Lagging Indicators are best used to define movements that have already occurred. Sure, they’re not solely used to help predict the future (like Leading Indicators), but they’re still incredibly useful, and should not be overlooked.
- Lagging indicators look at the past.
- Lagging indicators are commonly used for ‘confirmation’ that a signal/pattern has played out.
- Lagging indicators can change as newer data is added.
Let’s dive deeper into:
What are lagging indicators?
Lagging indicators are indicators that use past data to confirm that something has occurred. For example, a lagging indicator could be a smoke alarm. Whereas a leading indicator could be a heat alarm.
Lagging indicators are generally bucketed into 3 areas:
Types of lagging indicators
1. Trend indicators
Trend indicators confirm a trend is in play or has reversed. For example, moving averages. MAs show the average price over time, but lags behind by a set number of periods.
2. Mean reversion indicators
Mean reversion indicators confirm a price has reverted to the mean. In short, when price moves away from an average (mean) price, it tends to revert to the mean.
3. Volume indicators
Volume indicators give information based on volume. They’re lagging because they can’t be calculated until the volume metrics are available. Of course, you could take a different approach and make a guesstimate on future changes, but this would be a leading indicator.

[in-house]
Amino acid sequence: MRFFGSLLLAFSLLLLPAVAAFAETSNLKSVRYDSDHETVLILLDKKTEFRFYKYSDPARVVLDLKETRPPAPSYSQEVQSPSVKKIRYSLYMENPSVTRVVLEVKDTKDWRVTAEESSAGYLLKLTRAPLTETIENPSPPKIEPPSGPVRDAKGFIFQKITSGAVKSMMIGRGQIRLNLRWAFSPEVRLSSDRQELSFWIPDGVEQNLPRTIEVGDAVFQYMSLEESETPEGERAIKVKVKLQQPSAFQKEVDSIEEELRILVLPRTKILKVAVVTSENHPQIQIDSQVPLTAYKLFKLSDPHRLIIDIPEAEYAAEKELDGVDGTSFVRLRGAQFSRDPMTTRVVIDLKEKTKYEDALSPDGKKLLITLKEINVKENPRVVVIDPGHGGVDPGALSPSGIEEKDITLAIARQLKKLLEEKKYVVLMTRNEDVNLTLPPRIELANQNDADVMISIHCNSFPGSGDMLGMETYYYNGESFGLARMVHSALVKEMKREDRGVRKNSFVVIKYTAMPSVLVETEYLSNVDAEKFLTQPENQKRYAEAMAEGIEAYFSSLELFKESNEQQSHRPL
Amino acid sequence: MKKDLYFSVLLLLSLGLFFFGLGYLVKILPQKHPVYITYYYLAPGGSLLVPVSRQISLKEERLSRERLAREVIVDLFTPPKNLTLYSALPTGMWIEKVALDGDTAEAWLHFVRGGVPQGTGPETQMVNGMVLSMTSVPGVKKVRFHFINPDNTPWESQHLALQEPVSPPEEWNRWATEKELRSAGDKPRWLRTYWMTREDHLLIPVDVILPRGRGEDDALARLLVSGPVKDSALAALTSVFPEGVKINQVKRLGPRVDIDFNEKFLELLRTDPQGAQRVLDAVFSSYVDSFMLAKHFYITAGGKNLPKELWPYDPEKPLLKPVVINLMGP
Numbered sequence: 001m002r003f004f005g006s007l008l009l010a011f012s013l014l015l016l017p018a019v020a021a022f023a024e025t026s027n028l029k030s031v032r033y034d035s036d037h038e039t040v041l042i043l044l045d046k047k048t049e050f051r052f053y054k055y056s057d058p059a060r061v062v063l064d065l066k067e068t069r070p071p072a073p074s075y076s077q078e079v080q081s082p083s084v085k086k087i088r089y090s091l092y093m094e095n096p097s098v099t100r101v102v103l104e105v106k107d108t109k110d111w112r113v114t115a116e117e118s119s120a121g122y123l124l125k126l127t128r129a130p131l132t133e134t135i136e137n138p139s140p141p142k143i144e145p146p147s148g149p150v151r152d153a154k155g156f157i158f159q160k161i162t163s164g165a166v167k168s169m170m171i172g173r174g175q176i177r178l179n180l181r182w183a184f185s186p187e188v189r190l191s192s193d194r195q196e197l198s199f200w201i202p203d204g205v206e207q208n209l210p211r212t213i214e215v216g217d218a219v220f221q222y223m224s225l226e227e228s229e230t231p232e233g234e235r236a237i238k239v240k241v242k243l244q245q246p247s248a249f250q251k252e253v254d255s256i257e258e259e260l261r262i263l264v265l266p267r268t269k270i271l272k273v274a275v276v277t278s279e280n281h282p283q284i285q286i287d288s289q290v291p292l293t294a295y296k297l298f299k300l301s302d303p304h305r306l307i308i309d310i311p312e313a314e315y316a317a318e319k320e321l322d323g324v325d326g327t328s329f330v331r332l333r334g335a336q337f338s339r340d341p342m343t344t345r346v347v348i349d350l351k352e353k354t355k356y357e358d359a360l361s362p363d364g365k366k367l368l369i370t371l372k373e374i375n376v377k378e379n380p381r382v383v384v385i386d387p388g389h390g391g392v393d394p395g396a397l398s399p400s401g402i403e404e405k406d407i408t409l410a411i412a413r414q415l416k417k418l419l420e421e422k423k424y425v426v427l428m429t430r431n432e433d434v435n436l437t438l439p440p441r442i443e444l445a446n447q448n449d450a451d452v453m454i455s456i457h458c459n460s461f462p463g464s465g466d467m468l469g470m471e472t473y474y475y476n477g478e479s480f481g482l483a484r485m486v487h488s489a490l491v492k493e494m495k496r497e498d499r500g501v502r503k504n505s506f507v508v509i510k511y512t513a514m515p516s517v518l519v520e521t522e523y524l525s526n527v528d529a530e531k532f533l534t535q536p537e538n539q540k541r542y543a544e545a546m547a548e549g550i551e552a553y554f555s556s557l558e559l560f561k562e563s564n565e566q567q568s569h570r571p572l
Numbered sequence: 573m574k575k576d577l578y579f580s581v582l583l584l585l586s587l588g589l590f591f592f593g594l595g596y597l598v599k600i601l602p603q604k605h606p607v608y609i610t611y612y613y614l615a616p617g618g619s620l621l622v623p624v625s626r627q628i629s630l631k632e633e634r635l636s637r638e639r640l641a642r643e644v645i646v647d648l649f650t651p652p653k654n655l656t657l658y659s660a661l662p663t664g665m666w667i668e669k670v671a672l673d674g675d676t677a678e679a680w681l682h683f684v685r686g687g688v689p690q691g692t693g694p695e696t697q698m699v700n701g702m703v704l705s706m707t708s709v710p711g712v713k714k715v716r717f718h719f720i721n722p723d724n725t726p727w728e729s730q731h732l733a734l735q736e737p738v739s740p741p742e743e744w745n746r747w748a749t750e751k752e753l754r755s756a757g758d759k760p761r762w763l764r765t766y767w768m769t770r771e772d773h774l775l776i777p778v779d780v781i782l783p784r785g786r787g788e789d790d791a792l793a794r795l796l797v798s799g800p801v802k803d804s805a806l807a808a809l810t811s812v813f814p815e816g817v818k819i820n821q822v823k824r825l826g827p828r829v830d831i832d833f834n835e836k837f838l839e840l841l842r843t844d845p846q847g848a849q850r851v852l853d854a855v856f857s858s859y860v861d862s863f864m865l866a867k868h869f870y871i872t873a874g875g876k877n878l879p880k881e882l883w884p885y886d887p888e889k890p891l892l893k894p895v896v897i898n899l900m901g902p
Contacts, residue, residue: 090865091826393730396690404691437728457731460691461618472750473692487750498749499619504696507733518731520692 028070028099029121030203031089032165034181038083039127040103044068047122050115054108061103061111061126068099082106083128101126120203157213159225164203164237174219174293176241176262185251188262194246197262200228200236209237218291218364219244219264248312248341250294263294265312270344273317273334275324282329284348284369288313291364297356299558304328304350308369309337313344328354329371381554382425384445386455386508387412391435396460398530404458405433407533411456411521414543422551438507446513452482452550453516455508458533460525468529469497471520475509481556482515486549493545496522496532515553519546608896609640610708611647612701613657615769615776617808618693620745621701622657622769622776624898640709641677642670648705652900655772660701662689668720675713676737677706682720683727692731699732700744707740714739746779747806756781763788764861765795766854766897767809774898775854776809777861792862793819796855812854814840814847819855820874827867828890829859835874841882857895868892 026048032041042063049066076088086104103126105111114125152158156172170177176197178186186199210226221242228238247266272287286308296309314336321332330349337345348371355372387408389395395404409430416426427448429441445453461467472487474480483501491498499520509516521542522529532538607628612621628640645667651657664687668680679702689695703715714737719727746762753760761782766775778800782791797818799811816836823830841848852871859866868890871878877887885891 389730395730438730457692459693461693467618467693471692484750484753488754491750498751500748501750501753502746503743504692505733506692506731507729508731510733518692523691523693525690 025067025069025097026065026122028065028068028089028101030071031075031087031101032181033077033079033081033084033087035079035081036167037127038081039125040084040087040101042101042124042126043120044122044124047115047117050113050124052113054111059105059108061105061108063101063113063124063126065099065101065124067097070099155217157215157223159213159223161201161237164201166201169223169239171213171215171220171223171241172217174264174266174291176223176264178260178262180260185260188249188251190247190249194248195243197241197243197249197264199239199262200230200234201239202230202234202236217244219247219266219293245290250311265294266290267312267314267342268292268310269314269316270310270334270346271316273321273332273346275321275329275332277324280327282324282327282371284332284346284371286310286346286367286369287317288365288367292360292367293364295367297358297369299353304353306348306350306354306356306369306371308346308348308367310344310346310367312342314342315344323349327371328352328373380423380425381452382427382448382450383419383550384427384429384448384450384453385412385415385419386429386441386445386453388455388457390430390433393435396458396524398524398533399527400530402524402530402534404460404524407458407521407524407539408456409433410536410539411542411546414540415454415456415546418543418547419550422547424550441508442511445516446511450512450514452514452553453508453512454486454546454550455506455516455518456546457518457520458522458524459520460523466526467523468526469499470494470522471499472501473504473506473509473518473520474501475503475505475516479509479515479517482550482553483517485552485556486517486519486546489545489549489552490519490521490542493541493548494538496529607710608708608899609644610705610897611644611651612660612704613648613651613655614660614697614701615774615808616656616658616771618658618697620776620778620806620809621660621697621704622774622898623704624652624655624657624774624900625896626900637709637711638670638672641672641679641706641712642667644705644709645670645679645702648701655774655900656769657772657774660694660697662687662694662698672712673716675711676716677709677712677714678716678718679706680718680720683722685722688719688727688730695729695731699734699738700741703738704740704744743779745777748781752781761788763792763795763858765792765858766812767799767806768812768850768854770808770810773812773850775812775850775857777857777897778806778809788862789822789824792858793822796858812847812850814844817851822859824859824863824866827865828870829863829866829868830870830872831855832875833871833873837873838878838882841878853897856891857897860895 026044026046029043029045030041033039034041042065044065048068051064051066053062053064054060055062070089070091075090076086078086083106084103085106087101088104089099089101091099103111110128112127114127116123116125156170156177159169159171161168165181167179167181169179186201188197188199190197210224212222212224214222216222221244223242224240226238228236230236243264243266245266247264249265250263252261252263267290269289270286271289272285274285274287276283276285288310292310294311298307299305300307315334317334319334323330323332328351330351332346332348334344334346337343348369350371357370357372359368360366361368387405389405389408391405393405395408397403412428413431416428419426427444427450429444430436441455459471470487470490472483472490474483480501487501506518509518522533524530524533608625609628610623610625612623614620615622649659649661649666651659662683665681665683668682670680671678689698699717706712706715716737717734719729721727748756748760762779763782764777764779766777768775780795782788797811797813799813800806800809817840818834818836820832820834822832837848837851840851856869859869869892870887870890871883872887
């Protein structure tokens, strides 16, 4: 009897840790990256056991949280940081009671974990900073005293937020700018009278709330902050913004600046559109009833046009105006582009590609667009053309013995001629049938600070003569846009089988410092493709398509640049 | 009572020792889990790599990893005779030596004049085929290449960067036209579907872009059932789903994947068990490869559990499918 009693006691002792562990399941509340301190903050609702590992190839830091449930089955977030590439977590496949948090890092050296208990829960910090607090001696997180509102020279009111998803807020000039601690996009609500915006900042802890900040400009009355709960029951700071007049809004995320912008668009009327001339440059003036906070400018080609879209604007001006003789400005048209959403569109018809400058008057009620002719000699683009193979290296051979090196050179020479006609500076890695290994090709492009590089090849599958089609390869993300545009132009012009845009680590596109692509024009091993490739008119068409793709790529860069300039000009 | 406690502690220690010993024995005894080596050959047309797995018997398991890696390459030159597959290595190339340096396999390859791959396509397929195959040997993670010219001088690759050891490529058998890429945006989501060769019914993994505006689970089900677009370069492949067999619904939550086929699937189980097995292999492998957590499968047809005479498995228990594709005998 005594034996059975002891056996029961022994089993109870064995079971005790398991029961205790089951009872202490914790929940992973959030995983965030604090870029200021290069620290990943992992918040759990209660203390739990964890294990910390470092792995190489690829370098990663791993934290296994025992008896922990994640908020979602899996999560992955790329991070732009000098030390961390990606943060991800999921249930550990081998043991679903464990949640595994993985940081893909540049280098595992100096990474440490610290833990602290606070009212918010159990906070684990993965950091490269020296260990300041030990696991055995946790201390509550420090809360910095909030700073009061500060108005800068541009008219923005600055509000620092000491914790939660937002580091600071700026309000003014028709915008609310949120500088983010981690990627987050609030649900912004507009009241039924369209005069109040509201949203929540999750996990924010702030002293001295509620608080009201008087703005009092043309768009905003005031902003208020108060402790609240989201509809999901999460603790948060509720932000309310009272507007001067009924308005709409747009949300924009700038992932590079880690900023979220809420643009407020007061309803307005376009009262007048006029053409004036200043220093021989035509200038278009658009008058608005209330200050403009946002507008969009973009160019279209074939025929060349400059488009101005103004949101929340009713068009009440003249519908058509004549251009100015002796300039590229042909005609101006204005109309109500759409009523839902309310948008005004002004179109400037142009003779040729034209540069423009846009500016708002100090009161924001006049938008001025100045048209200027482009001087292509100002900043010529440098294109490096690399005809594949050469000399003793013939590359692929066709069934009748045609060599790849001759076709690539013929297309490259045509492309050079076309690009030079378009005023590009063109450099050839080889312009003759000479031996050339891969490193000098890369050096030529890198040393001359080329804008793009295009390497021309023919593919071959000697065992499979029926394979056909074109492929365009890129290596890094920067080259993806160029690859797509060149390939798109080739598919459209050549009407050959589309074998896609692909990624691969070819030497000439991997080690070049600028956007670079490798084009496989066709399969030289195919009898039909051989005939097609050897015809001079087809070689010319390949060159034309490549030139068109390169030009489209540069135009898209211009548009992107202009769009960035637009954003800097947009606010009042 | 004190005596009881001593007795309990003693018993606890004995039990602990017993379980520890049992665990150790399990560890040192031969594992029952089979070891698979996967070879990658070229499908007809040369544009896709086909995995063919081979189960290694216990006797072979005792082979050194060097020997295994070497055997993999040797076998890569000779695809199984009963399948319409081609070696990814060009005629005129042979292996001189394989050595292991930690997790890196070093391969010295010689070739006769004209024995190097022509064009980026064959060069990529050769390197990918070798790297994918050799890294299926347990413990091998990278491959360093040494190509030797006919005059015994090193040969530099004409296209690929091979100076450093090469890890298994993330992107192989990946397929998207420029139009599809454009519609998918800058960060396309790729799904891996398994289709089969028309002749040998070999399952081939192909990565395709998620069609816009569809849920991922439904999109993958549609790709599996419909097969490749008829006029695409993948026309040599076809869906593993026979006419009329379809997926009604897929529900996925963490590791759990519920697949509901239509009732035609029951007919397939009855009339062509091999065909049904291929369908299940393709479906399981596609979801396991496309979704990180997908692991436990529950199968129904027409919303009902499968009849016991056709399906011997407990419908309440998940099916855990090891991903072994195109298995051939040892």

Lagging indicators vs Leading indicators
This is a blurry area. Many indicators are both leading and lagging, dependent on what they’re being used for. But, for the most part, lagging indicators are indicators we use to confirm a pattern or change has definitively occurred.
More points on lagging indicators
Some lagging indicators change as newer data is input. For example, when the indicators are built up of moving averages that later look forward, the previous moving average points will move to better fit the price.
Make sure you understand the base Math behind the indicator. Indicators that later adjust, may look like they’ve performed perfectly over time. But in fact, they’re simply adjusting to the price as new data is added!
You do not want to go ‘all-in’ on a lagging indicator that you thought was leading, only to come back and realize the indicator has adjusted itself, and the signal seemingly never occurred.
They are powerful tools for confirming trend and reversals. Despite that, when armed with the knowledge of the potential pitfalls, it will save you from misusing them.
List of lagging indicators
Lagging Indicators 101 Summary
- Lagging indicators are used for confirmation.
- They should not be used to predict the future.
- Some indicators are both leading and lagging, in which case, they can be used for prediction.